On March 26, 1987 a Canadian patrol vessel off British Columbia’s Queen Charlotte island encountered a capsized, but still floating, hull covered with barnacles and weeds. They towed it to the harbor, where it was found to be the missing Kazu Maru. It had floated from Japan across to Canada. In a bizarre coincidence, Owase and Prince Rupert have been sister cities since the 1960’s.

There was no trace of Mr. Sakamoto, and his demise remains a mystery. With the permission of his family, the boat was made the centerpiece of the park, and remains there today as a poignant reminder of those lost at sea.


18 comments:

Zoey said...

We had Vladimir in the supper club. He was annoying and I still don't know the rules of his country's handball game.

When you get to Juneau, take the fam on the 'Pilot's Choice' helicoptor tour through TEMSCO helicoptors (not through the ship). Contact Mary at 907.789.9501 to set it up. Ask for pilot Skip. He's an older guy and brought along the mechanic's 6th grade son for a ride when we went (which we thought was a very good sign!) It is well worth the 2nd mortgage you will need to take everyone :). Seriously. Just do it. It was my 11 year olds favorite part of the week. http://www.facebook.com/photo.php?pid=114030&id=100001063718697
Email our dog Zoey if you want more info.

gem said...

Welcome to beautiful BC! One day you should visit the sunny Okanagan (well worth it).

Anonymous said...

This is wonderful relaxing reading.
You really do have the writing talent thing.
Big thank you for brightening up my day!

The Mother said...

There's a hotel in Banff which is in an old railroad castle--it's a stunning place. They have an outdoor heated pool, working clear through the winter ski season. You freeze on your way in, trying not to slip on the ice.

Once you're in, though, floating in the warm water with freezing temperatures above you is absolute heaven.

Getting out? Not quite so fun.

Anonymous said...

I always advise cruise critic forums for people going on a cruise... no matter how many times you go, there is always something new to learn.

For instance, I get my caffeine via an intravenous coffee drip at home. I was worried about getting my fix as cruise coffee is pretty nasty. On our last cruise the line we sailed with had instituted a coffee card good on REAL freshly brewed coffee! Best thirty bucks I ever spent. They also had a smoothie and shake card which I passed on, but the males in our rather large party did not. The over under was 15 pounds on the milkshakes. The party was significantly larger when we disembarked.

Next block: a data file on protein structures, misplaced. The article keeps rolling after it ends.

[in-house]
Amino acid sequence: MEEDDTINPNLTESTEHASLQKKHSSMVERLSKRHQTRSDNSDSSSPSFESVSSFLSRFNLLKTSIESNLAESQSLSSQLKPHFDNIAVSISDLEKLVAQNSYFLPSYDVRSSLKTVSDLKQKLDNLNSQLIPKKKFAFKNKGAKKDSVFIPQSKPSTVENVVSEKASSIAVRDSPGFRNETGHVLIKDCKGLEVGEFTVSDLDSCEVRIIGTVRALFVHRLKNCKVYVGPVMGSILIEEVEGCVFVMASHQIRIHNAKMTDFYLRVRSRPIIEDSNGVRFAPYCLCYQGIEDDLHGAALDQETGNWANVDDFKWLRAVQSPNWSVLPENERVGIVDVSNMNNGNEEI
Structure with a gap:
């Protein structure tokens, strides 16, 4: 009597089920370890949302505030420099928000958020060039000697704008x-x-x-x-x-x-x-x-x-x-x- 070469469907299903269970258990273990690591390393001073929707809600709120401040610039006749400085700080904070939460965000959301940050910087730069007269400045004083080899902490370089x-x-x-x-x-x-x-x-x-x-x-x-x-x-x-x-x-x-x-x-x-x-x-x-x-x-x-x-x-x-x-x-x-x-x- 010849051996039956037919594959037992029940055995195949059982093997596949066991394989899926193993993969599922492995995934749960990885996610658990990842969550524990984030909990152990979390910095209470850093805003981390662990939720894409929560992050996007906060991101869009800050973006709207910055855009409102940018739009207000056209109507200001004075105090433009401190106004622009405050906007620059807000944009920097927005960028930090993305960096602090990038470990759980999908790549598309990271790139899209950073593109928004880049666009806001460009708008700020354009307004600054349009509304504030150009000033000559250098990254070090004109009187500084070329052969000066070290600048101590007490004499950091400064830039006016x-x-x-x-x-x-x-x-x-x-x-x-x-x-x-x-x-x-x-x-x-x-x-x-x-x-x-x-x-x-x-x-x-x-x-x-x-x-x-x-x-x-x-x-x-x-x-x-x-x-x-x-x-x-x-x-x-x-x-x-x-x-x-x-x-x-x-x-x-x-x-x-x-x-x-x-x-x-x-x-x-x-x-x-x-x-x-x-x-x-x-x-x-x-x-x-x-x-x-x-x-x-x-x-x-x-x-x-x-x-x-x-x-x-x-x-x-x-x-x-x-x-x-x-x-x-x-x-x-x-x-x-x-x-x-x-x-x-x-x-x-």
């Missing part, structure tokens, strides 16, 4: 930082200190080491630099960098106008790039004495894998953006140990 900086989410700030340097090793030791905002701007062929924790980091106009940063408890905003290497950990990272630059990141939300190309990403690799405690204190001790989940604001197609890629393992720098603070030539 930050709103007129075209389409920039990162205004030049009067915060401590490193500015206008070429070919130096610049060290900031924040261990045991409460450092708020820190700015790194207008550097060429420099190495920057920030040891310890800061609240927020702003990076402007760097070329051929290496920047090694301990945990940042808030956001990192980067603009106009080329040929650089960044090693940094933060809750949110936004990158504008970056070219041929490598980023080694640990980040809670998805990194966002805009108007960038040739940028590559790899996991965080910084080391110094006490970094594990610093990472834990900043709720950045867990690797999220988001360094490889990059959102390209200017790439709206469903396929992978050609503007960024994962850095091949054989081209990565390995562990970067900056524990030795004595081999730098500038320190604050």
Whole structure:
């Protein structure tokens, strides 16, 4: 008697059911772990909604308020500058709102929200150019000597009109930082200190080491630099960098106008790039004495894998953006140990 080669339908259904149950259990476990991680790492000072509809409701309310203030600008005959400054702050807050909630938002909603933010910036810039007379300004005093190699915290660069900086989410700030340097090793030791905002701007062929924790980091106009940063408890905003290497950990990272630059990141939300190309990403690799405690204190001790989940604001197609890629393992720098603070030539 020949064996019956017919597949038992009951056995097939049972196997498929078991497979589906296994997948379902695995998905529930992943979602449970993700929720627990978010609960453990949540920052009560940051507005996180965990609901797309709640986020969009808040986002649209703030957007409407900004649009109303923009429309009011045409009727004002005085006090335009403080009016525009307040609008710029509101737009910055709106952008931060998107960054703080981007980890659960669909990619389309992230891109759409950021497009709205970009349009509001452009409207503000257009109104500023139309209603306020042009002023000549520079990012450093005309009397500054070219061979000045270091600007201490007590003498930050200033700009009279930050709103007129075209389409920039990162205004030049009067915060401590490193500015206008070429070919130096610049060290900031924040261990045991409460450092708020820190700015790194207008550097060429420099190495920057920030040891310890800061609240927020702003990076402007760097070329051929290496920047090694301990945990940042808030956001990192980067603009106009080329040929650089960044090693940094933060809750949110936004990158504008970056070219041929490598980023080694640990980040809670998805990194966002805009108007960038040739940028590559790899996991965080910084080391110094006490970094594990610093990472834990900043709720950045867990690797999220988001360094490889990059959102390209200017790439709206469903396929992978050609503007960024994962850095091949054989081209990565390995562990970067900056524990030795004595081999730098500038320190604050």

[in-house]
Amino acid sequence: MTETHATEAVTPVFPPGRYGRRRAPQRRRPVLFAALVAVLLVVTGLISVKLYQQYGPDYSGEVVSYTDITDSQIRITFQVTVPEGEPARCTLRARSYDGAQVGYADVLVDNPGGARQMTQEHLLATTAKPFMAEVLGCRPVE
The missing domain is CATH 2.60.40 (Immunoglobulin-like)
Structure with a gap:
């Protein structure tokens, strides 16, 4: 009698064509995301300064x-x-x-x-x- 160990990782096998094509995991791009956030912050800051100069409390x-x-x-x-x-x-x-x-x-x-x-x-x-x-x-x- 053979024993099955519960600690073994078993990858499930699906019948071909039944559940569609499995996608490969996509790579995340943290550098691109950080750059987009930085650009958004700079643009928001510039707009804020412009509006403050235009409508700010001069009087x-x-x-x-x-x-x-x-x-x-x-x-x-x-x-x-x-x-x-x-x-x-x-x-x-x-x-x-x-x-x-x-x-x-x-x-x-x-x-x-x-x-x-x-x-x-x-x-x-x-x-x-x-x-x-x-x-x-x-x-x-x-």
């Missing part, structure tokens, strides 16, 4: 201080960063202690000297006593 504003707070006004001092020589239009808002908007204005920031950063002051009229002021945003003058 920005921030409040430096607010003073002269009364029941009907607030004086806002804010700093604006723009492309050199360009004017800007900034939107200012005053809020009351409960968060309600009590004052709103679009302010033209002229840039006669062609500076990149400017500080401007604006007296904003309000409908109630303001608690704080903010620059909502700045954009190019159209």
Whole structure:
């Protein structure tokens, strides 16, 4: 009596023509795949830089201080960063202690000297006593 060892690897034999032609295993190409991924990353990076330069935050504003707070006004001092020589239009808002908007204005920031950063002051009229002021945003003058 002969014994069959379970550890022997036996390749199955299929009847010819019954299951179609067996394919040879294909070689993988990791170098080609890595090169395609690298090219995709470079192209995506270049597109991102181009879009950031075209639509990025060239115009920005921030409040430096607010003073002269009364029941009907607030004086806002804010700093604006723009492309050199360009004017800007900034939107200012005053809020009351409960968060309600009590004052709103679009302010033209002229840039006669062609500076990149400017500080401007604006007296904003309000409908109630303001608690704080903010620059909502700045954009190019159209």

Glad you are having a great time, and using your $2.67/minute, butt-slow internet time to post updates for your readers.

DaddyBear said...

Sounds like great fun!

But your experience during the snow squall sounds like going to the sauna and rolling in the snow afterwards to me.

Tabitharuth said...

That is so odd, we were on that same cracking cruise last month. I totally recommend the Deadliest Catch excursion in Ketchikan--especially if you want to see bald eagles up close.

terri c said...

Your poor sister (well, and everyone in hearing distance)! I have a feeling she will be living this one down for a long time! Great update.

Kim Kasch said...

Life is all about perspective. Considering what Mr. Sakamoto lost, I guess a basketball and a golf ball, a bathrobe and a towel aren't so bad after all - even considering the 50 yard, um, feet dash.

Anonymous said...

*Waving*
enjoy the scenery! Now I'm going to think about this post wnever I see a cruise ship go by and wonder which one you are on. Small world eh?

Don said...

I lived on board a ship for 4 years, when I was in the Navy.

My ship was about the size and shape of most cruise ships.

I got some of the best sleep in my life when we went to sea. The rocking motion of the ship would put me to sleep almost intantly.

Your sister is a wimp :)

RehabNurse said...

It's been years since I've been to BC, but I'd love to go again...one of these days!

So many beautiful places!

Anonymous said...

I've been on 2 cruises and both times the rocking was just about too much for me. I was scared out of my mind. The last night I "knocked myself out" with Dromanine as we were warned the waves were going to be really bad that night because of a storm. Needless to say I'm not in a hurry to get back on a boat.

Anonymous said...

i'm more worried about what you can hear though the walls. not that 11 in 3 is conducive. or.... how does the staff deal with it?

Amy said...

Love your description of the snow that kicked up while you were swimming! Made me laugh.

It reminds me of an (semi-)indoor pool I go to sometimes in the winter. The pool is plenty warm. The changing rooms are plenty warm. But they are not connected, and you have to run from one building to the other, in frigid temperatures, while wet, in your swimsuit. I cringe just thinking about it.

outre said...

I slept through what my family claimed to be a rough night at sea when we went on a cruise.

I'm really good at sleeping. I pretty much slept through my last MRI scan which was 2hrs long. I only woke up when they took me out for contrast.

I wish I was on a cruise now...

Marie said...

I am loving these posts. I have never had any desire to go on a cruise, and I still don't, but it is a treat experiencing it vicariously through your adventures.

This post is especially affecting, making me laugh out loud at your description of losing your robe and towel, at your surreal conversation on the mobile and then the sobering and touching being moved by the descriptions of the two lost men.

"Oh hear us when we cry to thee for those in peril on the sea." keeps running through my head. Although I'm sure you have nothing to worry about. lol

Thanks for sharing your humor and your sensitive observations.

Chrysalis Angel said...

I agree with Marie. These posts are enjoyable. Interesting info, and you always seem to throw something in there that about makes me snort my tea!